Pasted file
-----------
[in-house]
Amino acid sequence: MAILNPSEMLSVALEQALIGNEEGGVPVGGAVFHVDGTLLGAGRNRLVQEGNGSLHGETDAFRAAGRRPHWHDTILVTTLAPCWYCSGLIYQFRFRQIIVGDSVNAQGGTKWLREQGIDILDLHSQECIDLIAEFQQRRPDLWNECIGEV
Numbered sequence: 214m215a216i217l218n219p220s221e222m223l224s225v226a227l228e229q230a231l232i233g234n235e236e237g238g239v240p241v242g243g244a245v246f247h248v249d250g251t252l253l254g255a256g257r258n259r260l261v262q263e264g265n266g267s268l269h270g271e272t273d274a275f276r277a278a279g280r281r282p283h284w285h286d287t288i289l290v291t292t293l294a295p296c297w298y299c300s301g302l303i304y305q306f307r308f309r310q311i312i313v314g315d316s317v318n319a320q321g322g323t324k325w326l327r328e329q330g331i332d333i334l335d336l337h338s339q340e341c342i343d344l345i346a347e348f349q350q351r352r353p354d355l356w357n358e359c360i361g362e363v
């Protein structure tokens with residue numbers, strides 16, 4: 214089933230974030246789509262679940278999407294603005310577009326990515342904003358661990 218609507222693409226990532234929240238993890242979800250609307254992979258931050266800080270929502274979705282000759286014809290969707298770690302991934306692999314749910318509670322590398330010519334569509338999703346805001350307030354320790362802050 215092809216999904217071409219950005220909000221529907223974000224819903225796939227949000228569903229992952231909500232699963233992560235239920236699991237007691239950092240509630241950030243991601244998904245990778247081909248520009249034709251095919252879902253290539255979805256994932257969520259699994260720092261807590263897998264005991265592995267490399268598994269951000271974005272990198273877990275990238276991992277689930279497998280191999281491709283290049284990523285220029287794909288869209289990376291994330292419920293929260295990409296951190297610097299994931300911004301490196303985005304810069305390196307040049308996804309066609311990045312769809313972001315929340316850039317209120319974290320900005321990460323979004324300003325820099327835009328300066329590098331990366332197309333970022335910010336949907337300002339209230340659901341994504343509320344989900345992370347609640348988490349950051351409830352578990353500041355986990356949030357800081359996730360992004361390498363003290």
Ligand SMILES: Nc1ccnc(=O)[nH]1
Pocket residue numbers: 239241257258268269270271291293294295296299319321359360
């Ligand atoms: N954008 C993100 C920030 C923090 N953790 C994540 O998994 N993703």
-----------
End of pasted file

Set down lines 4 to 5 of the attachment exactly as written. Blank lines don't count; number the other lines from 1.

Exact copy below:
């Protein structure tokens with residue numbers, strides 16, 4: 214089933230974030246789509262679940278999407294603005310577009326990515342904003358661990 218609507222693409226990532234929240238993890242979800250609307254992979258931050266800080270929502274979705282000759286014809290969707298770690302991934306692999314749910318509670322590398330010519334569509338999703346805001350307030354320790362802050 215092809216999904217071409219950005220909000221529907223974000224819903225796939227949000228569903229992952231909500232699963233992560235239920236699991237007691239950092240509630241950030243991601244998904245990778247081909248520009249034709251095919252879902253290539255979805256994932257969520259699994260720092261807590263897998264005991265592995267490399268598994269951000271974005272990198273877990275990238276991992277689930279497998280191999281491709283290049284990523285220029287794909288869209289990376291994330292419920293929260295990409296951190297610097299994931300911004301490196303985005304810069305390196307040049308996804309066609311990045312769809313972001315929340316850039317209120319974290320900005321990460323979004324300003325820099327835009328300066329590098331990366332197309333970022335910010336949907337300002339209230340659901341994504343509320344989900345992370347609640348988490349950051351409830352578990353500041355986990356949030357800081359996730360992004361390498363003290």
Ligand SMILES: Nc1ccnc(=O)[nH]1